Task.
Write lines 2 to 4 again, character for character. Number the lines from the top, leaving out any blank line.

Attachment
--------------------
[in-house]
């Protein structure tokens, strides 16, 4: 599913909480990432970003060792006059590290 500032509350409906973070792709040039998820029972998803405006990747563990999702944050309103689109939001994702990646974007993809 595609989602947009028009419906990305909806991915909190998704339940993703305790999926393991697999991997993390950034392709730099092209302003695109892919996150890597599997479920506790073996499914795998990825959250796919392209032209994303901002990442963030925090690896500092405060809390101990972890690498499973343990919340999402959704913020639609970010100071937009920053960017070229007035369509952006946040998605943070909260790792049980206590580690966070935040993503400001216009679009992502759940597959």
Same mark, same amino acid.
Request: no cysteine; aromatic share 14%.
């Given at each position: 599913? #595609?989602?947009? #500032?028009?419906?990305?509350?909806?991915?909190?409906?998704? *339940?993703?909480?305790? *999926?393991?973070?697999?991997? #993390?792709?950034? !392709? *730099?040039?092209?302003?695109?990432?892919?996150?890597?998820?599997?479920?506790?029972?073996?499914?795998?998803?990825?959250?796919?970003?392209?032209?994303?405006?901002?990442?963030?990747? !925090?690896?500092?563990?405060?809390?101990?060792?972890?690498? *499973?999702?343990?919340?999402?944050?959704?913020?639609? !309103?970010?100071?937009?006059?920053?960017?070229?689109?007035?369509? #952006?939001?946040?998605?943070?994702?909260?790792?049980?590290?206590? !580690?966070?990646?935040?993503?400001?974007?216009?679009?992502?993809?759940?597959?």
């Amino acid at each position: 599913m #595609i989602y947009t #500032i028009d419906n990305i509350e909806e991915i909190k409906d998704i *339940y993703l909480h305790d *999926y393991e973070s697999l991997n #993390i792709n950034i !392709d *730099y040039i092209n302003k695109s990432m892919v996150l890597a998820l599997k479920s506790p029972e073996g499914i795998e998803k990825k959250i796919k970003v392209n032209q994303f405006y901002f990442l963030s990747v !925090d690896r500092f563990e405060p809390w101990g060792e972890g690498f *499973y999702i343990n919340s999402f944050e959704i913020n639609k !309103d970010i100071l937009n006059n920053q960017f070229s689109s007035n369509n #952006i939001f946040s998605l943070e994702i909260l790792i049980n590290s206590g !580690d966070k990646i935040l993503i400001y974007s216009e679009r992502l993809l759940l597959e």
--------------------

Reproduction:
């Protein structure tokens, strides 16, 4: 599913909480990432970003060792006059590290 500032509350409906973070792709040039998820029972998803405006990747563990999702944050309103689109939001994702990646974007993809 595609989602947009028009419906990305909806991915909190998704339940993703305790999926393991697999991997993390950034392709730099092209302003695109892919996150890597599997479920506790073996499914795998990825959250796919392209032209994303901002990442963030925090690896500092405060809390101990972890690498499973343990919340999402959704913020639609970010100071937009920053960017070229007035369509952006946040998605943070909260790792049980206590580690966070935040993503400001216009679009992502759940597959």
Same mark, same amino acid.
Request: no cysteine; aromatic share 14%.